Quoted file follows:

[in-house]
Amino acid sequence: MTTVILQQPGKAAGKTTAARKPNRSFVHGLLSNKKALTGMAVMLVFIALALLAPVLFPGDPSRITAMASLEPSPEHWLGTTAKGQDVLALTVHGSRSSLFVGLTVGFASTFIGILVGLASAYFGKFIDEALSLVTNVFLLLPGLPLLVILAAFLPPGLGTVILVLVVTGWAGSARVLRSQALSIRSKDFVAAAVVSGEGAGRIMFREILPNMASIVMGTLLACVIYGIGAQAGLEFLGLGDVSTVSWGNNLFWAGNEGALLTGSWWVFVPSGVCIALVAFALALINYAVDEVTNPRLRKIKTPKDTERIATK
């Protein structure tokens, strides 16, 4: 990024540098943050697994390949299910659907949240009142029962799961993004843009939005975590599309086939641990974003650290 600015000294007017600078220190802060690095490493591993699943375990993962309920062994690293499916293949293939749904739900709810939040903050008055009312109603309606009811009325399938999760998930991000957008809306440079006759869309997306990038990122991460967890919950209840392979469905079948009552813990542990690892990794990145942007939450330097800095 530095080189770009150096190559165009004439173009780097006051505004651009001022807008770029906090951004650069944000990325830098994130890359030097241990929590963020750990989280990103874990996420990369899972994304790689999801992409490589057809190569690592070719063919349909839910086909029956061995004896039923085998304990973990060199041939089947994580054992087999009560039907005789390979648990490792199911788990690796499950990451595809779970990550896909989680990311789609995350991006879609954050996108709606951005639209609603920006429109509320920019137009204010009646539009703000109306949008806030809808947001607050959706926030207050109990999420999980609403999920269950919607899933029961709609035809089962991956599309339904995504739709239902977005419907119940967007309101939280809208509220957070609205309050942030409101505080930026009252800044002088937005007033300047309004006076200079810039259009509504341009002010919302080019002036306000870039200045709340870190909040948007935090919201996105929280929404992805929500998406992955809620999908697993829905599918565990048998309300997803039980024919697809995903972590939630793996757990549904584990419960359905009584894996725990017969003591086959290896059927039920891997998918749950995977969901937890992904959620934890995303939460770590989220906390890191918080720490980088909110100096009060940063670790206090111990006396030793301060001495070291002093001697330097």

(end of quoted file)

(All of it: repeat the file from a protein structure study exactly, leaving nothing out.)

[in-house]
Amino acid sequence: MTTVILQQPGKAAGKTTAARKPNRSFVHGLLSNKKALTGMAVMLVFIALALLAPVLFPGDPSRITAMASLEPSPEHWLGTTAKGQDVLALTVHGSRSSLFVGLTVGFASTFIGILVGLASAYFGKFIDEALSLVTNVFLLLPGLPLLVILAAFLPPGLGTVILVLVVTGWAGSARVLRSQALSIRSKDFVAAAVVSGEGAGRIMFREILPNMASIVMGTLLACVIYGIGAQAGLEFLGLGDVSTVSWGNNLFWAGNEGALLTGSWWVFVPSGVCIALVAFALALINYAVDEVTNPRLRKIKTPKDTERIATK
């Protein structure tokens, strides 16, 4: 990024540098943050697994390949299910659907949240009142029962799961993004843009939005975590599309086939641990974003650290 600015000294007017600078220190802060690095490493591993699943375990993962309920062994690293499916293949293939749904739900709810939040903050008055009312109603309606009811009325399938999760998930991000957008809306440079006759869309997306990038990122991460967890919950209840392979469905079948009552813990542990690892990794990145942007939450330097800095 530095080189770009150096190559165009004439173009780097006051505004651009001022807008770029906090951004650069944000990325830098994130890359030097241990929590963020750990989280990103874990996420990369899972994304790689999801992409490589057809190569690592070719063919349909839910086909029956061995004896039923085998304990973990060199041939089947994580054992087999009560039907005789390979648990490792199911788990690796499950990451595809779970990550896909989680990311789609995350991006879609954050996108709606951005639209609603920006429109509320920019137009204010009646539009703000109306949008806030809808947001607050959706926030207050109990999420999980609403999920269950919607899933029961709609035809089962991956599309339904995504739709239902977005419907119940967007309101939280809208509220957070609205309050942030409101505080930026009252800044002088937005007033300047309004006076200079810039259009509504341009002010919302080019002036306000870039200045709340870190909040948007935090919201996105929280929404992805929500998406992955809620999908697993829905599918565990048998309300997803039980024919697809995903972590939630793996757990549904584990419960359905009584894996725990017969003591086959290896059927039920891997998918749950995977969901937890992904959620934890995303939460770590989220906390890191918080720490980088909110100096009060940063670790206090111990006396030793301060001495070291002093001697330097």